Within 10 minutes on Monday morning, I ran into not one, but two news stories covering the “Christian reaction” to the Supreme Court’s ruling last week affirming the rights of citizens to same-sex marriage. I was first annoyed by the stories’ characterization of Christianity, but now I’m not so sure.
Story one, playing as I made my coffee and bagel, appeared on NPR. John Burnett reported, “Same-Sex Marriage Ruling Doesn’t Make it Biblically Correct, Pastors Says.” The thrust of the story:
Conservative churches and their congregants voiced the strongest opposition to same-sex marriages. Despite the high court’s decision, some churches say they’ll continue to obey a higher authority.
Then, as I sat down to drink my coffee and eat my bagel, I read in the Times, Michael Paulson’s piece, “With Same-Sex Decision, Evangelical Churches Address a New Reality.”
Ugh, I thought, there goes the media conflating all Christians with conservatives, or at least with those against same-sex marriage.
Where was the coverage of Christian congregations who had advocated for same-sex marriage for decades?
Where were the quotes from teary pastors, giddy that the same-sex ceremonies over which they’ve already presided can now become law?
Where was the reporting of statements like this one from the Presbyterian Church (USA): PC(USA) advocates celebrate supreme court decision on same-gender marriage?
Then again, it’s easy to complain about what’s not covered in the news. Easier, perhaps, than appreciating why editors make the decisions they do.
The more I reflected on my morning news encounters, the more I wondered if my progressive Christian bubble might just need to be popped a bit.
In reality, the vast majority of Christians in the U.S. are members of denominations that do not support same-gender marriage.
Here’s some rough numbers of the 15 largest protestant denominations grabbed from the Christian Post website:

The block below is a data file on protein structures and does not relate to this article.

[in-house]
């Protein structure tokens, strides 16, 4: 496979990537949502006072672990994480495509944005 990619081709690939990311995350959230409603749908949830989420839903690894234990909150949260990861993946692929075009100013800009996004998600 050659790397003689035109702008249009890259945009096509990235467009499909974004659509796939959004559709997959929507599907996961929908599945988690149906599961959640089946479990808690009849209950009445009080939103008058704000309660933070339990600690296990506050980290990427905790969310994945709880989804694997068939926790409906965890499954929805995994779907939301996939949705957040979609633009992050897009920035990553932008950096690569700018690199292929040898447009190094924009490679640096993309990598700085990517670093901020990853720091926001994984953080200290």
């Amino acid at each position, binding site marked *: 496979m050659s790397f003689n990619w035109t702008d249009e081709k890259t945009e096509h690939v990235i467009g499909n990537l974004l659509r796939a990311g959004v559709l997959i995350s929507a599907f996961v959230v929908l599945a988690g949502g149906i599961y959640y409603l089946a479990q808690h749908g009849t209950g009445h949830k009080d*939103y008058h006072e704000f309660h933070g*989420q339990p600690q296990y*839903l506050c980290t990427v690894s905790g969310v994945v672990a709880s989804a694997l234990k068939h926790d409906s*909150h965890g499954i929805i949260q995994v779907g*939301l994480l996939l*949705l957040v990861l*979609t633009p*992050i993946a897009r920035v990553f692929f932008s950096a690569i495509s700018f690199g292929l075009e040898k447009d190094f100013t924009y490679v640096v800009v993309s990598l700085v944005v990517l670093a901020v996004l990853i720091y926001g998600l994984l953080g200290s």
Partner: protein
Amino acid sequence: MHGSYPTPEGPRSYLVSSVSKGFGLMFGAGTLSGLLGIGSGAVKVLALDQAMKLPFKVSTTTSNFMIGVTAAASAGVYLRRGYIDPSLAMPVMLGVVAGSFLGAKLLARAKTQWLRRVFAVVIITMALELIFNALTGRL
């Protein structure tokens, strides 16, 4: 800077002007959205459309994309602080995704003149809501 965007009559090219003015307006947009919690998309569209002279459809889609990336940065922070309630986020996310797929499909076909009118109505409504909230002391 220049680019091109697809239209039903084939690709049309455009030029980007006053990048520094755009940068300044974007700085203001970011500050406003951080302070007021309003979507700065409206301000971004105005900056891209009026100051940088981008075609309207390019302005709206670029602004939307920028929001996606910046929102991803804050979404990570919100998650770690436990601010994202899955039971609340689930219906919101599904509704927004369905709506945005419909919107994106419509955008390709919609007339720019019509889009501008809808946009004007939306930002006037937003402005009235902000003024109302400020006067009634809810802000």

So, if my figuring and quick Googling is correct, of the 15 largest protestant denominations in the U.S., making up about 80 million Christians, only 3 denominations with 9.3 million members support same-sex marriage by way of national decisions.
And, don’t forget, there are 76 million Roman Catholics in the U.S. and the Vatican certainly doesn’t seem to be budging from its stance against same-sex marriage.
Yes, many individual Christians within these moderate to conservative denominations do support same-sex marriage, and/or the SCOTUS decision. Polls suggest something like 57% of Americans do favor allowing same-sex marriage. But the opposite is also true: many individuals within denominations that support same-sex marriage don’t, personally, support the right.
The Times and NPR stories gave little acknowledgement of the fact that many Christians (like me!) are supportive of the court’s ruling. But if by doing so they implied that support for same-sex marriage, according to “denominational teaching or guidance” in the U.S. is quite weak, I think I have to admit that’s a fair implication.
Let’s be honest: most lean-progressive Christian denominations are quite small in number when compared to the moderate or conservative ones. This reality doesn’t mean news stories should lack nuance, but upon reflection, it does temper my righteous indignation at breakfast.
My takeaway, I suppose, is a reminder that Christian voices that support same-sex marriage must keep doing so, loudly, with Christian language, with biblical arguments, and amongst other Christians. Even as we in the church “make every effort to keep the unity of the Spirit in the bond of peace,” even as many of us rejoice in the court’s decision, even as the arc of the moral universe bends towards justice, justice-seeking for all God’s children must not slow.
image by Clif Burns